Such overlap could have significant economic impact on a licensee. For example, it could render nonexclusive a market segment that the licensee expected to hold exclusively, which could reduce a licensee’s income stream in its field of use. While the economic interests under dispute affect the licensees, it is through the contract with the licensor that the situation can be resolved most effectively.

It is wise to lay the groundwork early on for resolving potential disputes related to this specific issue. A provision in each license that allows the licensor to resolve disputes may be acceptable. Alternatively, there could be a commitment to mediation, arbitration, alternative dispute resolution, or some other means short of litigation. Of course, the best course involves ongoing, constructive dialogue between the licensee and licensors, so that when problems arise, good communication and strong relationships needed to encourage negotiated solutions will already exist. If all parties enter the relationship with awareness of the potential need for dispute resolution, and if they agree, before problems arise, on a balanced way to deal with a dispute, then such problems will be easier to manage if and when they arise.

A variation on this theme is the issue of cross-prescription or cross-marketing—when the licensee sells products for use under its field, but the products are usable by the purchaser outside that field, in a field licensed to another company. Again, advance planning can help head off serious problems. For example, in the area of therapeutics, it would be worthwhile to group together fields that will use the technology in the same delivery form, and then grant a license to one company for these fields. If a therapeutic can be used intravenously, at similar concentrations, to treat both cancer and heart disease, it may be wise to license both uses to one company. There are multiple benefits to all parties in such instances. One party can handle research, development, regulatory approval, and sales more efficiently. Cross-prescription will not be a problem because proceeds flow to the same licensee. In addition, the licensee can choose independently to work with another company through sublicensing to develop one or more of the uses, staying in closer control while accessing needed resources. Grouping related uses together in a larger field provides the licensee with a larger incentive to invest in the technology and reduces problems for the licensor.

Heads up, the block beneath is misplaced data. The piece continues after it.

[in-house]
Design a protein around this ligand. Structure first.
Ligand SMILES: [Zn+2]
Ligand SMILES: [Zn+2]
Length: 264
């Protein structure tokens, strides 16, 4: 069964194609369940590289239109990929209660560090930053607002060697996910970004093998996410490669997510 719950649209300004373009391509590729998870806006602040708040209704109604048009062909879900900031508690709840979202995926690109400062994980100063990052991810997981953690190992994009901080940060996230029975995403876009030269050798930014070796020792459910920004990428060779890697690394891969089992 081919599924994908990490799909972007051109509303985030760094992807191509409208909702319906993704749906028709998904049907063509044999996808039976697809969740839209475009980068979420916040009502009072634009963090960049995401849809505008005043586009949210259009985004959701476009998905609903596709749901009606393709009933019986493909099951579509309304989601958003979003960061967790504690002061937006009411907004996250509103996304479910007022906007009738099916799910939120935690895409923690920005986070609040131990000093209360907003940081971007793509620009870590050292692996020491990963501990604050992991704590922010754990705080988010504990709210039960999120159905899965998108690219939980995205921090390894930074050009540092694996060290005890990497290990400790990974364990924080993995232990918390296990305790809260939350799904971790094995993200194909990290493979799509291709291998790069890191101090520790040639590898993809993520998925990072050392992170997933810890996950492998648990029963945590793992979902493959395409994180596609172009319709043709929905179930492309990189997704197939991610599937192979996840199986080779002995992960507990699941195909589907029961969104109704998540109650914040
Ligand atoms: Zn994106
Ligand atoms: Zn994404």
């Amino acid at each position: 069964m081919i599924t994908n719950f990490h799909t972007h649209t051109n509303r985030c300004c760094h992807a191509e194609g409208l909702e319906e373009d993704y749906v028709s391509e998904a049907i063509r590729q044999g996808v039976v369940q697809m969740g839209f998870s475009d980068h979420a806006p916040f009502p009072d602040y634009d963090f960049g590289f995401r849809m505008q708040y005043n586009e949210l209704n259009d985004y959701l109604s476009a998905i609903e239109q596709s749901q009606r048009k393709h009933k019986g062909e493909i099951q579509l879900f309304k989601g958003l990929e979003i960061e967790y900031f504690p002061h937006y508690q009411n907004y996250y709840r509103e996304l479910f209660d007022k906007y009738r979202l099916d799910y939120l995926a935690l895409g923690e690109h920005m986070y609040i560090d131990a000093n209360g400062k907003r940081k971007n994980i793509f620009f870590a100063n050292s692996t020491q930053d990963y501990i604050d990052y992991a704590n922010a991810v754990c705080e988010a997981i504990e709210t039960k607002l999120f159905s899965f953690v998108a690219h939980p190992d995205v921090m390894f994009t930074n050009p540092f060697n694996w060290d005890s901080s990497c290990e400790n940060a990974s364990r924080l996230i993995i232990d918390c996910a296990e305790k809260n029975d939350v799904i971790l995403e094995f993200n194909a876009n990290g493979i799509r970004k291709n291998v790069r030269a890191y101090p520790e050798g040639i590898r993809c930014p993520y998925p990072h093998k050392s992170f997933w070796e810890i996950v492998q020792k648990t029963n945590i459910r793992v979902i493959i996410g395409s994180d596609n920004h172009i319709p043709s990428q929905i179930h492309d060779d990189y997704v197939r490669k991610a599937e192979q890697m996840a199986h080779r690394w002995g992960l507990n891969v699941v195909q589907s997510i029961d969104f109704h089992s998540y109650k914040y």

4.2 Maintaining control of patent prosecution

The interests of licensee and licensor do not always overlap during prosecution. This truism is amplified when a licensee has a limited field of use. The licensee may not be willing to support prosecution of certain claims or may seek to modify claim language to enhance the patent’s value to the licensee at the expense of other licensees or the licensor. For this and other reasons, it is recommended that the licensor retain control over patent prosecution, while seeking to fairly distribute costs over field-of-use licensees.

4.3 Reimbursing patent expenses

As with any program involving multiple licensees for a technology, the field-of-use licensor must manage patent expenses creatively. With no single licensee committed to paying or reimbursing all costs, the licensor must choose another mechanism to cover patent expenses. The possibilities include the following:

  1. The licensor covers patent expenses up front, reimbursing them from the royalty stream. This model results in licenses that have no patent-reimbursement language.
  2. If the field-of-use licenses have been structured to relate to distinct patent applications or patents, costs can be cleanly linked to a specific license, and patent-reimbursement language as per a standard, exclusive license agreement will suffice.